U.S. troops in Ukraine are pulling out as U.S. officials are growing increasingly concerned of an impending Russian invasion.
160 Florida National Guard soldiers, the only known U.S. troops in the country, are being repositioned elsewhere in Europe, Pentagon press secretary John Kirby said in a statement released Saturday morning.
Those troops, assigned to the 53rd Infantry Brigade Combat Team, were a part of a previously planned training mission with Ukrainian forces, mostly operating far from the country's border where Russian President Vladimir Putin has amassed some 130,000 troops. U.S. troops from different units have been rotating to train Ukraine's military since 2015, with the Florida soldiers arriving in November as Russian forces were amassing.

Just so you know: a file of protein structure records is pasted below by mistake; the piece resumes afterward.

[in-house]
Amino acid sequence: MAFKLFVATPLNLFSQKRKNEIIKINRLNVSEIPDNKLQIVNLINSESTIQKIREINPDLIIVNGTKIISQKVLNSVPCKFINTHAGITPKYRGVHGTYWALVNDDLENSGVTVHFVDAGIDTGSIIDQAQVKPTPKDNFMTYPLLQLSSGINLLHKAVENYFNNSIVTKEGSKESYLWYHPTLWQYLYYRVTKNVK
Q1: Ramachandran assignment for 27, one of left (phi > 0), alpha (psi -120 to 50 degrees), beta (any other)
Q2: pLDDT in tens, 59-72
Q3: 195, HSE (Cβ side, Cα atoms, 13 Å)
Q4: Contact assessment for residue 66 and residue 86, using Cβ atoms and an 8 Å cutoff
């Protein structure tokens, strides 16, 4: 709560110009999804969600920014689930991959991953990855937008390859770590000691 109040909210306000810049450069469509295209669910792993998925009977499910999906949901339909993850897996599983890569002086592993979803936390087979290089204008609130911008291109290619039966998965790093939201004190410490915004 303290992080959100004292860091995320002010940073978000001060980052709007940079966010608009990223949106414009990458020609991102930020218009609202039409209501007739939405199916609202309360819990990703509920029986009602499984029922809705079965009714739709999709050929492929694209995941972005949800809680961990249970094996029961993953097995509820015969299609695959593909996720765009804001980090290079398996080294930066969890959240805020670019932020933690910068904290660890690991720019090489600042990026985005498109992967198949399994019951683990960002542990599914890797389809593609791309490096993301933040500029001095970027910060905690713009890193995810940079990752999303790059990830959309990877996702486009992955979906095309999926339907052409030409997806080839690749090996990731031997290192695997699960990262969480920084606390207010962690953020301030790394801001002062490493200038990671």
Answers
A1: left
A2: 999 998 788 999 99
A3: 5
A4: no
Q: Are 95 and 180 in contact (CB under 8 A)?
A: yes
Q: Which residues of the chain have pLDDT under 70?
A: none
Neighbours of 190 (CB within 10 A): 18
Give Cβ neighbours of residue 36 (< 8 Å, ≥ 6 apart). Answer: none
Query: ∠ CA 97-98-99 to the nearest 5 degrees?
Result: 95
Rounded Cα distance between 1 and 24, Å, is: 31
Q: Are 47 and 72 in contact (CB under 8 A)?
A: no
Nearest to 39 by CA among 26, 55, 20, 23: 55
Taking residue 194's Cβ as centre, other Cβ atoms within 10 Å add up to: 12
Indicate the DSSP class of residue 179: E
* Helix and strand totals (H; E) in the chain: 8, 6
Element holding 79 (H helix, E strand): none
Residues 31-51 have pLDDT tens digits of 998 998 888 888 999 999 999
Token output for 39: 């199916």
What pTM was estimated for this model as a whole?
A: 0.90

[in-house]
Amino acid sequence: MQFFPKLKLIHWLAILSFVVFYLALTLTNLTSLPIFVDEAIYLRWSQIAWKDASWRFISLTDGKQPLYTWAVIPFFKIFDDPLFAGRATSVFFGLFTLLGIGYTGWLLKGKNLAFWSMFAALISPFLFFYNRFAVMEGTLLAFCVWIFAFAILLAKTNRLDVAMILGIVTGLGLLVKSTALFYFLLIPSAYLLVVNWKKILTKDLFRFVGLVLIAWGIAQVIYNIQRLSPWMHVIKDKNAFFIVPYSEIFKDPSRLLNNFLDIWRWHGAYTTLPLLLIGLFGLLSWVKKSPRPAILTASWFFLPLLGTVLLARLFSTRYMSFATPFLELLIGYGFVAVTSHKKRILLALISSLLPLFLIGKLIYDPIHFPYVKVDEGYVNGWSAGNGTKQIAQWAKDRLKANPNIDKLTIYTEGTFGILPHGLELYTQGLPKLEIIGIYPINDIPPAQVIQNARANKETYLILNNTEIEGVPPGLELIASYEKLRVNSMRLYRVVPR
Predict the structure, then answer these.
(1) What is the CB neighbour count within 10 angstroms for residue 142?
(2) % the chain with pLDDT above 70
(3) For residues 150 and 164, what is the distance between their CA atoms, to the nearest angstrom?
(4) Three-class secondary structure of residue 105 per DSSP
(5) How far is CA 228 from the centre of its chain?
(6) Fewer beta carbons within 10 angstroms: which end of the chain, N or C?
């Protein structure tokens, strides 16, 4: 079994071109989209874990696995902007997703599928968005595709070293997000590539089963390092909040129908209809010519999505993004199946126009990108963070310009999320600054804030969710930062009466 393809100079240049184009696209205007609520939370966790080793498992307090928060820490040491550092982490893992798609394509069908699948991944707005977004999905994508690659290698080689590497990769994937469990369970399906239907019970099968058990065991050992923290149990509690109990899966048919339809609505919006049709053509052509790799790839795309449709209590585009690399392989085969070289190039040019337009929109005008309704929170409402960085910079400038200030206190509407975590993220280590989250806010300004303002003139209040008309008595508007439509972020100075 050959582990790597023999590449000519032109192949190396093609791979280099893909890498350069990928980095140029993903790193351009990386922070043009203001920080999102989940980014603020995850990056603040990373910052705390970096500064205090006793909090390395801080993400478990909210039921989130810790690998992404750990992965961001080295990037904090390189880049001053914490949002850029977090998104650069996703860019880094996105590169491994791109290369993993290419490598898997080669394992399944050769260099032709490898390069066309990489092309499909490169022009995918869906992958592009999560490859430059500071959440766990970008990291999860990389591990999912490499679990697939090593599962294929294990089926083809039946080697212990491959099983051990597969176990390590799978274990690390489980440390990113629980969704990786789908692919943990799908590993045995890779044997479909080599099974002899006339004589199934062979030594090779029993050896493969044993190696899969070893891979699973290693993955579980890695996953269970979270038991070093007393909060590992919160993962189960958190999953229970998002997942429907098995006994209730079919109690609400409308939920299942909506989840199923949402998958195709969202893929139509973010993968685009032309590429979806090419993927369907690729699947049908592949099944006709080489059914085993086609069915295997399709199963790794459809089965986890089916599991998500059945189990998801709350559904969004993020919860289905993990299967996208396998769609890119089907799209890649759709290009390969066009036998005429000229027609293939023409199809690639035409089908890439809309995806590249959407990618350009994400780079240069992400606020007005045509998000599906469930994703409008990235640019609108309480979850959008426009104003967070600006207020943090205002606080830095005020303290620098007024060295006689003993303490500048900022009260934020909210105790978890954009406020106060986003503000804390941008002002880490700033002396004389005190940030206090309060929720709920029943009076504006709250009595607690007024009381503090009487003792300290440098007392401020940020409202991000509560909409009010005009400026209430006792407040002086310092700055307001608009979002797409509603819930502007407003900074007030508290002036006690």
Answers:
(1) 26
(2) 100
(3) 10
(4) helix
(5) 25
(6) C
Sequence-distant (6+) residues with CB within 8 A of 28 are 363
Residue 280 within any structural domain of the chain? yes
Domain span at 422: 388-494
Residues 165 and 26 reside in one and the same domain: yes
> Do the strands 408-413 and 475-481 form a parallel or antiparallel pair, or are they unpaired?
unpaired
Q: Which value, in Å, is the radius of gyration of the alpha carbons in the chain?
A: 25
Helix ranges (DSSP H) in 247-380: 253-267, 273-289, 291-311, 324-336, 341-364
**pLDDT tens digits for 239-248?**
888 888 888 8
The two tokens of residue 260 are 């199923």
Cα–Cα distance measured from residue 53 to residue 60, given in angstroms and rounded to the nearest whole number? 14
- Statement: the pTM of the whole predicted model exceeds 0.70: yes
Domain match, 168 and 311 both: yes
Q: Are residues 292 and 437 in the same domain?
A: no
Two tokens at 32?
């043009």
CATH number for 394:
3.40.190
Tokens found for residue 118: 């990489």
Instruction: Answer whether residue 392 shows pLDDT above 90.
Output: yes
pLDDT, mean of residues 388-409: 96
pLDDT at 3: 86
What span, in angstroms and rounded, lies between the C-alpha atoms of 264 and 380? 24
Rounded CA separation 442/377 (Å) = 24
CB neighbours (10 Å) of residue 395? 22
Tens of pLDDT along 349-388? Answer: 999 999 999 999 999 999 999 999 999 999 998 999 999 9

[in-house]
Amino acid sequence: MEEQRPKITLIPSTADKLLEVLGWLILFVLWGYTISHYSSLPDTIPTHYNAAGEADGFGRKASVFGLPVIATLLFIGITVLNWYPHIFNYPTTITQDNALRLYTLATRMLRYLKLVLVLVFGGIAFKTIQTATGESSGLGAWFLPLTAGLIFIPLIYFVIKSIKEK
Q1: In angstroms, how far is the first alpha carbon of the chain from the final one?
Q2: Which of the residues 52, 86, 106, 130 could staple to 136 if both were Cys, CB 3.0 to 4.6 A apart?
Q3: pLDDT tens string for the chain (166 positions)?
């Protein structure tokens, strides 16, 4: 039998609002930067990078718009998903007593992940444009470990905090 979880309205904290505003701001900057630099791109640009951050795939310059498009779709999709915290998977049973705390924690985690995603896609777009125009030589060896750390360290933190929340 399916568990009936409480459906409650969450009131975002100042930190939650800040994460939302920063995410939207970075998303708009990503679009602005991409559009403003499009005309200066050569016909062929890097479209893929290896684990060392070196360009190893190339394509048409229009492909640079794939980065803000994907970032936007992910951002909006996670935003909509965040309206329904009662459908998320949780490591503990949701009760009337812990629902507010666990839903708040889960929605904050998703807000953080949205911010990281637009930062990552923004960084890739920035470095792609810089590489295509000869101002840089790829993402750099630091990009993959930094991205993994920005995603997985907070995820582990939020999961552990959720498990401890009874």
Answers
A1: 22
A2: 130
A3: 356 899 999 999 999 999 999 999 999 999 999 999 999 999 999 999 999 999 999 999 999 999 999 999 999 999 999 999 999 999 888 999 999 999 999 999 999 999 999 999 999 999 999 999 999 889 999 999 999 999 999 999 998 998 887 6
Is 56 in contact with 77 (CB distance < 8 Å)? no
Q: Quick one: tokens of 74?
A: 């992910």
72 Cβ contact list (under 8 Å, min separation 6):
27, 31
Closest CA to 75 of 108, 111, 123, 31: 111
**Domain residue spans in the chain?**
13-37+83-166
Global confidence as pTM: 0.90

Biden has pledged that U.S. troops will not fight in Ukraine, which is not a member of NATO. But the news comes as thousands of U.S. soldiers, alongside troops from other European powers including the United Kingdom and France, mobilize to bolster NATO's eastern flank.
The Biden administration continues to escalate its warning about the likelihood of war.
A senior State Department official told reporters Saturday that it is "past time" for Americans to leave Ukraine, saying routine embassy services, such as help with passports, in Kyiv will be suspended on Sunday as key personnel evacuate.
"It appears increasingly likely this situation is heading toward active conflict...there are limits of what we can do in a war zone," the senior State Department official told reporters.
On Friday, President Joe Biden ordered an additional 3,000 paratroopers from Fort Bragg, North Carolina to Poland. Those forces, along with the original 1,700 mobilized earlier this month, are expected to be in place within a few days. Roughly 1,000 U.S. troops with the 2nd Cavalry Regiment, a Stryker squadron based out of Germany, are in the midst of deploying to Romania.
-- Steve Beynon can be reached at Steve.Beynon@military.com. Follow him on Twitter @StevenBeynon.